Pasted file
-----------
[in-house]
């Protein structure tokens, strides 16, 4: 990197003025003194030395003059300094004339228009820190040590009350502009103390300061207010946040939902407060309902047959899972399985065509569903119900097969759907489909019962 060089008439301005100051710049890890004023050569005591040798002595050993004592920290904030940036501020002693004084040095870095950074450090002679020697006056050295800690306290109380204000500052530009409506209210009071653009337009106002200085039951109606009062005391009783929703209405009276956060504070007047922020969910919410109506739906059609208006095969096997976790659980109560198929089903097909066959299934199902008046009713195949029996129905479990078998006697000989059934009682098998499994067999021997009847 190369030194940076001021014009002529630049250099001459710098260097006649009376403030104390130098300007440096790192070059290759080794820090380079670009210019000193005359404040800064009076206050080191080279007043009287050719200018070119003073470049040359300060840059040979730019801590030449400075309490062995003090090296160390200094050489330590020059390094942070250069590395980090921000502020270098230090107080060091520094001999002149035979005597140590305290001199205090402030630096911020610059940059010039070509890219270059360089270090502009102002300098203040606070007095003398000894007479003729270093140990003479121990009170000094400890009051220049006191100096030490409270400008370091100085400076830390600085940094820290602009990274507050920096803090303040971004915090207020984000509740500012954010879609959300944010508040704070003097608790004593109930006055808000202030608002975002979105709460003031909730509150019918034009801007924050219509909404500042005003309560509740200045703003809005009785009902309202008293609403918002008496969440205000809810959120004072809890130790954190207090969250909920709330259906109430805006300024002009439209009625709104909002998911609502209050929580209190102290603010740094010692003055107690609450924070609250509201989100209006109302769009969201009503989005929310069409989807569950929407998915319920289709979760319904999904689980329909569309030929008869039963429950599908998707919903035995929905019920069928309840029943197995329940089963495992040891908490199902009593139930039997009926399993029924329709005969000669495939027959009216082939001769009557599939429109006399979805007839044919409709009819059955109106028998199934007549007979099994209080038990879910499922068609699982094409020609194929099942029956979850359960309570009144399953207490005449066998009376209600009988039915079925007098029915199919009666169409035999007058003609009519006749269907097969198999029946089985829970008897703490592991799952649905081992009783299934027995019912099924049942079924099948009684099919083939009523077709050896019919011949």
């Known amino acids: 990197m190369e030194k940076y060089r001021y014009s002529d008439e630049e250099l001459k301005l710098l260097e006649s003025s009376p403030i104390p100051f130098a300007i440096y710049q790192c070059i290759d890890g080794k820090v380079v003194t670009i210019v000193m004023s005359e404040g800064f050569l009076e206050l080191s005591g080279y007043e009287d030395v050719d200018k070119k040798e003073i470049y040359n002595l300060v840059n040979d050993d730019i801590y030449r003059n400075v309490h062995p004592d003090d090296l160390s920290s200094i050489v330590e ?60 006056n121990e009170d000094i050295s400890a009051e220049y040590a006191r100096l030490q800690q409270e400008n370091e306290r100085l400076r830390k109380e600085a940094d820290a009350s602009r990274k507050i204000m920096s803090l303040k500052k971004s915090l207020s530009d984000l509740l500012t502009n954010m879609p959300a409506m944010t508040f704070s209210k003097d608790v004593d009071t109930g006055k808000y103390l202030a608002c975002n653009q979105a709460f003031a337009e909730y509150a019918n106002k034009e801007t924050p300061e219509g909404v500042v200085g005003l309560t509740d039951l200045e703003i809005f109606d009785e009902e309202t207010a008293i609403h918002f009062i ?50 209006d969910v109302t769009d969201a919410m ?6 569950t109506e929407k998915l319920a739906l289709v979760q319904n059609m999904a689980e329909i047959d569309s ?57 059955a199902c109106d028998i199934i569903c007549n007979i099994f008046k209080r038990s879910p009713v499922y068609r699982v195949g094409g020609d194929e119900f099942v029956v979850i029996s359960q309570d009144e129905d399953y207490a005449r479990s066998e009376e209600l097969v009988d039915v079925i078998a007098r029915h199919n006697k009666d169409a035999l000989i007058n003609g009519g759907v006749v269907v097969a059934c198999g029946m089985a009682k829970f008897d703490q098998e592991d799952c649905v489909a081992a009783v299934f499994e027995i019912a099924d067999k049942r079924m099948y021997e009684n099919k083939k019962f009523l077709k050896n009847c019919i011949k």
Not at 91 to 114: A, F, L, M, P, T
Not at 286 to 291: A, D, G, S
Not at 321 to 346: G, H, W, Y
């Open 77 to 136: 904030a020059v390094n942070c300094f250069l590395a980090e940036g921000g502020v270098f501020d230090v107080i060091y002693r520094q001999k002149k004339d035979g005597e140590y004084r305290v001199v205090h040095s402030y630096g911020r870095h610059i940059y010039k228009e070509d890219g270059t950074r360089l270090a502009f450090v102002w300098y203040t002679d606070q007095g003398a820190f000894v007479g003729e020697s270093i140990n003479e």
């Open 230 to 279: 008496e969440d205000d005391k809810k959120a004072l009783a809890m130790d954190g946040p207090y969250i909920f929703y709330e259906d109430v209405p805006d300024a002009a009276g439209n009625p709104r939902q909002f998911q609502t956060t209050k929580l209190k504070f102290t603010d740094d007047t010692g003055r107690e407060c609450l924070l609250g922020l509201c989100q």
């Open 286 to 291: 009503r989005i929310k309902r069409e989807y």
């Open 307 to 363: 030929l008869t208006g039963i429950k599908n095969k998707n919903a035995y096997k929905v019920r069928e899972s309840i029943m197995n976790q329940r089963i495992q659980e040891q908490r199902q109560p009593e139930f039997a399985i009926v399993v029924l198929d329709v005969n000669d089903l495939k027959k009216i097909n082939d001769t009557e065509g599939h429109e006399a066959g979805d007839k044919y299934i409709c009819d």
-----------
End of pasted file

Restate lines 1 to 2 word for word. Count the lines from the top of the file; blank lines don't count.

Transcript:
[in-house]
């Protein structure tokens, strides 16, 4: 990197003025003194030395003059300094004339228009820190040590009350502009103390300061207010946040939902407060309902047959899972399985065509569903119900097969759907489909019962 060089008439301005100051710049890890004023050569005591040798002595050993004592920290904030940036501020002693004084040095870095950074450090002679020697006056050295800690306290109380204000500052530009409506209210009071653009337009106002200085039951109606009062005391009783929703209405009276956060504070007047922020969910919410109506739906059609208006095969096997976790659980109560198929089903097909066959299934199902008046009713195949029996129905479990078998006697000989059934009682098998499994067999021997009847 190369030194940076001021014009002529630049250099001459710098260097006649009376403030104390130098300007440096790192070059290759080794820090380079670009210019000193005359404040800064009076206050080191080279007043009287050719200018070119003073470049040359300060840059040979730019801590030449400075309490062995003090090296160390200094050489330590020059390094942070250069590395980090921000502020270098230090107080060091520094001999002149035979005597140590305290001199205090402030630096911020610059940059010039070509890219270059360089270090502009102002300098203040606070007095003398000894007479003729270093140990003479121990009170000094400890009051220049006191100096030490409270400008370091100085400076830390600085940094820290602009990274507050920096803090303040971004915090207020984000509740500012954010879609959300944010508040704070003097608790004593109930006055808000202030608002975002979105709460003031909730509150019918034009801007924050219509909404500042005003309560509740200045703003809005009785009902309202008293609403918002008496969440205000809810959120004072809890130790954190207090969250909920709330259906109430805006300024002009439209009625709104909002998911609502209050929580209190102290603010740094010692003055107690609450924070609250509201989100209006109302769009969201009503989005929310069409989807569950929407998915319920289709979760319904999904689980329909569309030929008869039963429950599908998707919903035995929905019920069928309840029943197995329940089963495992040891908490199902009593139930039997009926399993029924329709005969000669495939027959009216082939001769009557599939429109006399979805007839044919409709009819059955109106028998199934007549007979099994209080038990879910499922068609699982094409020609194929099942029956979850359960309570009144399953207490005449066998009376209600009988039915079925007098029915199919009666169409035999007058003609009519006749269907097969198999029946089985829970008897703490592991799952649905081992009783299934027995019912099924049942079924099948009684099919083939009523077709050896019919011949």